I was chatting via Skype with a doctor from a UK University this week about the Laughter Quotient. While he was interested in this new and ground breaking concept, he was concerned that I had given away the Laughter Yoga side of things. When I enquired why that could be a concern for him, he stated quite clearly that the breathing, in his opinion, was equally as important as the laughing.
His statement was half right because the process of laughter is, in fact, a part of the breathing process. It’s the exhalation side of things. What he actually meant to say was that he was specifically referring to the part where we breathe in.
Many Laughter Leaders set up a laughter exercise without actually getting the folks to breathe in beforehand. In fact, it is trained in the Laughter Yoga process to make exhalation noises such as “air, air, air” just before laughing. This means that part of the exhalation process has been used on an expression that does little to elongate the laughter, and therefore more of the health benefits that it provides.
While this pre-laughter expression puts a “sort of smile” on your face, it doesn’t necessarily go as far as it could, as it can be verbalized without a smile. So why not, just before any laughter exercise, genuinely smile as you breathe in, and then laugh it out for as long and as loud as you can?
So here are some tips as to how we could breathe in to enhance the exhalation process to prepare us to then more effectively laugh it out, as this is what the Laughter Quotient focuses on at a therapeutic level.
- Smile. The Duchenne smile is where we smile with our eyes. This can be easily achieved with our “smile string”. Imagine that you are holding a piece of string stretched between your hands. Now bite on it. Once you have, then pull it up over your ears as you drop the jaw. Look into a mirror to see how well this works.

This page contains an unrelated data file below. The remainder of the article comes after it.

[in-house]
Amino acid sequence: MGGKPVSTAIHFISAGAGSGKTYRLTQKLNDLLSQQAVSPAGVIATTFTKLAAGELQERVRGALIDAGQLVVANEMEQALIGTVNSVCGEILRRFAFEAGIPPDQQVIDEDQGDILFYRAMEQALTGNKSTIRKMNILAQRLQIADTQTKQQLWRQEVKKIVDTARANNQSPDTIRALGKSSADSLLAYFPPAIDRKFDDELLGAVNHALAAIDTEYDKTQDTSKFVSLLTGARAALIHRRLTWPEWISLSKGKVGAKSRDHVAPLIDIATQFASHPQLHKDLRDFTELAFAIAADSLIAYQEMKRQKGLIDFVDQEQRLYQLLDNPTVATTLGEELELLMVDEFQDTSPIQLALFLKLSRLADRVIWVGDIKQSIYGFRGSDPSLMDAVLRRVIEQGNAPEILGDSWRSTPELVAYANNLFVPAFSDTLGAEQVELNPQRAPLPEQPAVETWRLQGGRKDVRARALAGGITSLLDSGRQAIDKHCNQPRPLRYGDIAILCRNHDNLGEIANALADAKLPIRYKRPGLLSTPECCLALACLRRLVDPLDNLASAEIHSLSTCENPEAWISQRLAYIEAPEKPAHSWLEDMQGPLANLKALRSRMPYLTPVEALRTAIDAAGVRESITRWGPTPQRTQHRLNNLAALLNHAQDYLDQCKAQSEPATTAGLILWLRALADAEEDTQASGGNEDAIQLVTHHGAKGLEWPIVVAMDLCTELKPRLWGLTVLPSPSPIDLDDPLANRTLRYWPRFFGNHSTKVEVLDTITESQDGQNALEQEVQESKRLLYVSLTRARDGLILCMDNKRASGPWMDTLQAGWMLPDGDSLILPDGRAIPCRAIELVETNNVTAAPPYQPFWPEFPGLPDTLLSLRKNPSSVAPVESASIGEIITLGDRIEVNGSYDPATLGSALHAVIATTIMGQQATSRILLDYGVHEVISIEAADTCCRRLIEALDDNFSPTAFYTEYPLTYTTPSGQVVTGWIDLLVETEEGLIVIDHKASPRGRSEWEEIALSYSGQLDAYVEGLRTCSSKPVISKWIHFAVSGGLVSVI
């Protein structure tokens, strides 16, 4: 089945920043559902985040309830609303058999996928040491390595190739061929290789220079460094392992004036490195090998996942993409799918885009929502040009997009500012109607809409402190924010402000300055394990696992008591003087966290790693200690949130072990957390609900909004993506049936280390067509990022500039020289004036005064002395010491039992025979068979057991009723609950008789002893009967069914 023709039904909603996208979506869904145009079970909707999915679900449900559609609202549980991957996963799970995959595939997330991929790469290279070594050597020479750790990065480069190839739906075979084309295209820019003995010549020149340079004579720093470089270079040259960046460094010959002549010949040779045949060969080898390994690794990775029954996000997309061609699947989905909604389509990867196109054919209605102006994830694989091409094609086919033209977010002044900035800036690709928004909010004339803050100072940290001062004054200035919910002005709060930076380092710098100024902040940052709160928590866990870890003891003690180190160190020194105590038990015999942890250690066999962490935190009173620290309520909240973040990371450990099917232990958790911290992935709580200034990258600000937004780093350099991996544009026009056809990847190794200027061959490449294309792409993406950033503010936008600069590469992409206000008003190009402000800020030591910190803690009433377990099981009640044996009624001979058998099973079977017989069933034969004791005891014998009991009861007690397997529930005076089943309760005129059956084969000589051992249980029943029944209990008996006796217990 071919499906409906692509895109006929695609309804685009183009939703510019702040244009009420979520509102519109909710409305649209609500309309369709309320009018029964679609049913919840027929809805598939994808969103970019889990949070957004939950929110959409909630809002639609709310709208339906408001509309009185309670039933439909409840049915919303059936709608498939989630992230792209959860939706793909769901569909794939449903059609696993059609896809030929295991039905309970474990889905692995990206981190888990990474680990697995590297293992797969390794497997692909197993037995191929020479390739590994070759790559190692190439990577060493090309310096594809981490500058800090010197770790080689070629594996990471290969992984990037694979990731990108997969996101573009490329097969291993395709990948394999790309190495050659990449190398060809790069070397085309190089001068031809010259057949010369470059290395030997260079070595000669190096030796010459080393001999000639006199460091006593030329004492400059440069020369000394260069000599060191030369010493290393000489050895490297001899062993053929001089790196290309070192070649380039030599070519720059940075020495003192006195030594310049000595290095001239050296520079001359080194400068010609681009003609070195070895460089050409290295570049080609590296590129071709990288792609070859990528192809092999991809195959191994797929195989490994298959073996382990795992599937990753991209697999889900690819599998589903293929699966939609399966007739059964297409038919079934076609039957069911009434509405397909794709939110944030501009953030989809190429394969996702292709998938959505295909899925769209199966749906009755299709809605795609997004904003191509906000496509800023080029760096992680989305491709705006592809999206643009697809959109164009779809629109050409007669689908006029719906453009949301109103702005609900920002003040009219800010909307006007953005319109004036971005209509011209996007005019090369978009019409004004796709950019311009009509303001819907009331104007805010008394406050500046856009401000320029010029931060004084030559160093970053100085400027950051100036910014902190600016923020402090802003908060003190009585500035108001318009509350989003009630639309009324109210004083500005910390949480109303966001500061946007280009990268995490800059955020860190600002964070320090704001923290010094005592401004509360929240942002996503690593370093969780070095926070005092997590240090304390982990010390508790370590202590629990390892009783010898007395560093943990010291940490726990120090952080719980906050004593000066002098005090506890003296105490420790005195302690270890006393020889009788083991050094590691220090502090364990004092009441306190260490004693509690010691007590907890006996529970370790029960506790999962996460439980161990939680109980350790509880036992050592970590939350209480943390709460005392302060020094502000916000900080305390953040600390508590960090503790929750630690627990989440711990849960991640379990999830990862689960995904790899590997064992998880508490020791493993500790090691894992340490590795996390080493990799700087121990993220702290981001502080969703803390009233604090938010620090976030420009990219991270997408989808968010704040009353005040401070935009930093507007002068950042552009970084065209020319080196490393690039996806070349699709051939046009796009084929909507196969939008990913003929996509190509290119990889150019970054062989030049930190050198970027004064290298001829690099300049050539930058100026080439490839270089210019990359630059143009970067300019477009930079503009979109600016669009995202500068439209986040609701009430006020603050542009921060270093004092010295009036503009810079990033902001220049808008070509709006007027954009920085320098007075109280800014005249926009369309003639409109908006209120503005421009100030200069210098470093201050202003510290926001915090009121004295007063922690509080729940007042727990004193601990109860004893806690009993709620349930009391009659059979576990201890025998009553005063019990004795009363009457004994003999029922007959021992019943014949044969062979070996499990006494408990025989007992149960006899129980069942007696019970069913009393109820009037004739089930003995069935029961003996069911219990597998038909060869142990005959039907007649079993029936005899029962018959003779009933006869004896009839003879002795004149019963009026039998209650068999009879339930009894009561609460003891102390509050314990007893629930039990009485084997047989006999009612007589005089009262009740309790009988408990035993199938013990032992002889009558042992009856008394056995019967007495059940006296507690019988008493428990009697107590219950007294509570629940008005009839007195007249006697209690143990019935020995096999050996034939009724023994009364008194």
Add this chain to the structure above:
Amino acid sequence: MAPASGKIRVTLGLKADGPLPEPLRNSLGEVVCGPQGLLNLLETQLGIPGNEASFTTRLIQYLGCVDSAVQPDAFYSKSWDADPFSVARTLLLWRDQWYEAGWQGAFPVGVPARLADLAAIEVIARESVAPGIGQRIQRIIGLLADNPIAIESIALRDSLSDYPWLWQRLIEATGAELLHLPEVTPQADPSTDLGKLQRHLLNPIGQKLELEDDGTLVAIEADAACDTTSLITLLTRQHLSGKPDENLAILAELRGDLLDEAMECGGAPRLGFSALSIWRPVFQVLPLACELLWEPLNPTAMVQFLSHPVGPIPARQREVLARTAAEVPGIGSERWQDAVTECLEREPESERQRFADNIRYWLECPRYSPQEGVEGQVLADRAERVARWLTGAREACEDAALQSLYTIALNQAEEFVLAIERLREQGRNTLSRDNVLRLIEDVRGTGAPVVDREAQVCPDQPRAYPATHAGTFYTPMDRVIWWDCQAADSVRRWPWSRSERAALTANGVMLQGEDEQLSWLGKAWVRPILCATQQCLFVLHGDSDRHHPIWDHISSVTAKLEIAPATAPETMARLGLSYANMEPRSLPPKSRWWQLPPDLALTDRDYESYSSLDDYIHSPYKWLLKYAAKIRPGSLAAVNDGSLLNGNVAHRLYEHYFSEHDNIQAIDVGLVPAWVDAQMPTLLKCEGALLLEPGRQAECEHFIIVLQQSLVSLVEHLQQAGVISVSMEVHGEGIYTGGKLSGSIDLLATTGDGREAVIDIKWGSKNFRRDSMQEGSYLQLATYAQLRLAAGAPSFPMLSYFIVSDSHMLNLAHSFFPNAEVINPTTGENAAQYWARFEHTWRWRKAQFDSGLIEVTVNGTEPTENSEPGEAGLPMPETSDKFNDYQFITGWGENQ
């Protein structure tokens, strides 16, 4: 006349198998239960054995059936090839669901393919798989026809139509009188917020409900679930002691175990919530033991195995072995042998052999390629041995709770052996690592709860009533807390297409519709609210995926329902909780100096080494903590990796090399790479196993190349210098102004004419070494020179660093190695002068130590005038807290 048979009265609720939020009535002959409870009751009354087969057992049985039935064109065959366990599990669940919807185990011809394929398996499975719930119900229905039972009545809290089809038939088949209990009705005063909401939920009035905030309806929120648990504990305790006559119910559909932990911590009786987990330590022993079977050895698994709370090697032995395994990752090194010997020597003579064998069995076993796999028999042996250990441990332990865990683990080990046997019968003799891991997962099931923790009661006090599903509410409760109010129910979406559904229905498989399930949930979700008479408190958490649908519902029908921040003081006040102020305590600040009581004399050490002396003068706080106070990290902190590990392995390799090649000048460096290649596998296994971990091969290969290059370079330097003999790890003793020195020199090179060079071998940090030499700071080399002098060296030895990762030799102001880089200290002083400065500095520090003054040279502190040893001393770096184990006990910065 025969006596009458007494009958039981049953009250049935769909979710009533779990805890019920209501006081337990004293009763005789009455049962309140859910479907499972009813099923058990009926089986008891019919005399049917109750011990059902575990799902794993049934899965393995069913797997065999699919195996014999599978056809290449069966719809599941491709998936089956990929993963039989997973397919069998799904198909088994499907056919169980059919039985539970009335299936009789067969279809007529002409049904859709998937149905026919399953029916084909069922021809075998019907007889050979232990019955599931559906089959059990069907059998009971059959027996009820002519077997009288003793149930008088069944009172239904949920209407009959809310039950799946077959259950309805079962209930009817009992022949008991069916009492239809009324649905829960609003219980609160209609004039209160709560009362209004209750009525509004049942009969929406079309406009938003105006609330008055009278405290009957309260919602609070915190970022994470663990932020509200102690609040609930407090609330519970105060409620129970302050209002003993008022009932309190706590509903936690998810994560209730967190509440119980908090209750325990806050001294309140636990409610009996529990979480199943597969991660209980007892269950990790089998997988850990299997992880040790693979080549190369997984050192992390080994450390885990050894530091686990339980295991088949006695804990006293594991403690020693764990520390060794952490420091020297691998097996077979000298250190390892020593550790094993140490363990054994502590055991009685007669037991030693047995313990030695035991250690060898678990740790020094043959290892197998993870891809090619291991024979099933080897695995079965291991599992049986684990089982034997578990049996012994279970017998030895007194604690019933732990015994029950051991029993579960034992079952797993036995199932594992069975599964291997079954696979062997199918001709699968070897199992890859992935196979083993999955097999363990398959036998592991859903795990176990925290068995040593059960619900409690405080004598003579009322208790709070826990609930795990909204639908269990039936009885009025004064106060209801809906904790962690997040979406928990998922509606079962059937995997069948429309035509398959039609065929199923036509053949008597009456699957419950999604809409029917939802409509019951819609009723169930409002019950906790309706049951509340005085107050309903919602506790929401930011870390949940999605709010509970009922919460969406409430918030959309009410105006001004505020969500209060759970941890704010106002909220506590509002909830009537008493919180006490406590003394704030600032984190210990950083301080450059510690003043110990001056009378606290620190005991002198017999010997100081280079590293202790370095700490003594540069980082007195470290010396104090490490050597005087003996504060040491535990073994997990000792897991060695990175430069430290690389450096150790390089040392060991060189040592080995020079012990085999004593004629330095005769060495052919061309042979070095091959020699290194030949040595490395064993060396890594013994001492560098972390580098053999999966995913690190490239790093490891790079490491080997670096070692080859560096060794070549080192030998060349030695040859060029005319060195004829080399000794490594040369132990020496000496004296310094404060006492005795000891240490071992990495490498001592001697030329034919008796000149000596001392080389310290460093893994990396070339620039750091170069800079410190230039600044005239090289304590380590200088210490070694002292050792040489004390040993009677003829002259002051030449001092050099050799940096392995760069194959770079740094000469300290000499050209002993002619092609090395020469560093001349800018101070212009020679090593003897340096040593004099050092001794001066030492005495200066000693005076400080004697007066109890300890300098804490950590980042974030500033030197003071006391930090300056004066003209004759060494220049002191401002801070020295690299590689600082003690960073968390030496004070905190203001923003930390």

- Raise your tongue. Look into a mirror once again, and with your mouth open, raise your tongue to the roof of your mouth. Do it in such a way that when you breathe in the air only comes in through your nose. Look at the impact that this has on your eyes in relation to point 1.
- Breathe into the gut. Remember that when you breathe in, your gut should expand first. This is because your diaphragm is dropping in behind it. Practice doing this as slowly, and deeply, as possible.
- Then the lungs. Once you have expanded the gut as far as it can go, then breathe into your lungs. Emphasis should be on expanding the rib cage and not on lifting the shoulders.
- Then the throat. Once this is achieved you can now relax your tongue and breathe into your throat. This completes the three-stage inhalation process and you are now ready to laugh.
If you have any further questions regarding the Laughter Quotient then please feel free to email me at email@example.com at any time.
Merv Neal is a Laughter Yoga Master Trainer, CEO of Laughter Yoga Australia and New Zealand, and Director of Holistic Services Group. He has successfully owned and operated his own businesses for more than 43 years. He has created a Laughter Yoga Business Training Program, as well as the Business Mentors and Coaches Program, to help others to take laughter to commercial organizations, and/or to create a laughter business of their own. More information can be found at http://www.laughteryogaaustralia.org or http://www.mervneal.com. He can be contacted on 0408552269 or firstname.lastname@example.org